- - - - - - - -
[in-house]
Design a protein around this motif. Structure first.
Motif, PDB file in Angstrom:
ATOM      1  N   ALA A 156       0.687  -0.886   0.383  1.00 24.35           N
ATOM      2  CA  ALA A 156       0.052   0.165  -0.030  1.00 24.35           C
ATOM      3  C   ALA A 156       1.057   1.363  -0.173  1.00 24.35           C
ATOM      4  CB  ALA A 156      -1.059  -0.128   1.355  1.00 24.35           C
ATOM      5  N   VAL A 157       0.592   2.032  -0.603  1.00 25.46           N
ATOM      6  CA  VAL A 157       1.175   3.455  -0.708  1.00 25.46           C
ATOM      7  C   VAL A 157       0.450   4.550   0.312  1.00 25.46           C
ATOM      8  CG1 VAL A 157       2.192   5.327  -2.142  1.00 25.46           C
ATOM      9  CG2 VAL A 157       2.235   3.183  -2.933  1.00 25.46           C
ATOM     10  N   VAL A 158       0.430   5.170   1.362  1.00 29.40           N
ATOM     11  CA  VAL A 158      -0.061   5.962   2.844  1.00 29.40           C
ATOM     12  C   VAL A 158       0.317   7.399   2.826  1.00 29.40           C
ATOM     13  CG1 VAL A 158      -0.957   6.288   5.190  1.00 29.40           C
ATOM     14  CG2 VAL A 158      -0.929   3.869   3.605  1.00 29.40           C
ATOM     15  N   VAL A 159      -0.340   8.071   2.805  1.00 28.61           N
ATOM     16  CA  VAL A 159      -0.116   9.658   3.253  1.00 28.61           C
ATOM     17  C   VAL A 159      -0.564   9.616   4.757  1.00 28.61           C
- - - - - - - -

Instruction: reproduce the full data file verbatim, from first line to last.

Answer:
[in-house]
Design a protein around this motif. Structure first.
Motif, PDB file in Angstrom:
ATOM      1  N   ALA A 156       0.687  -0.886   0.383  1.00 24.35           N
ATOM      2  CA  ALA A 156       0.052   0.165  -0.030  1.00 24.35           C
ATOM      3  C   ALA A 156       1.057   1.363  -0.173  1.00 24.35           C
ATOM      4  CB  ALA A 156      -1.059  -0.128   1.355  1.00 24.35           C
ATOM      5  N   VAL A 157       0.592   2.032  -0.603  1.00 25.46           N
ATOM      6  CA  VAL A 157       1.175   3.455  -0.708  1.00 25.46           C
ATOM      7  C   VAL A 157       0.450   4.550   0.312  1.00 25.46           C
ATOM      8  CG1 VAL A 157       2.192   5.327  -2.142  1.00 25.46           C
ATOM      9  CG2 VAL A 157       2.235   3.183  -2.933  1.00 25.46           C
ATOM     10  N   VAL A 158       0.430   5.170   1.362  1.00 29.40           N
ATOM     11  CA  VAL A 158      -0.061   5.962   2.844  1.00 29.40           C
ATOM     12  C   VAL A 158       0.317   7.399   2.826  1.00 29.40           C
ATOM     13  CG1 VAL A 158      -0.957   6.288   5.190  1.00 29.40           C
ATOM     14  CG2 VAL A 158      -0.929   3.869   3.605  1.00 29.40           C
ATOM     15  N   VAL A 159      -0.340   8.071   2.805  1.00 28.61           N
ATOM     16  CA  VAL A 159      -0.116   9.658   3.253  1.00 28.61           C
ATOM     17  C   VAL A 159      -0.564   9.616   4.757  1.00 28.61           C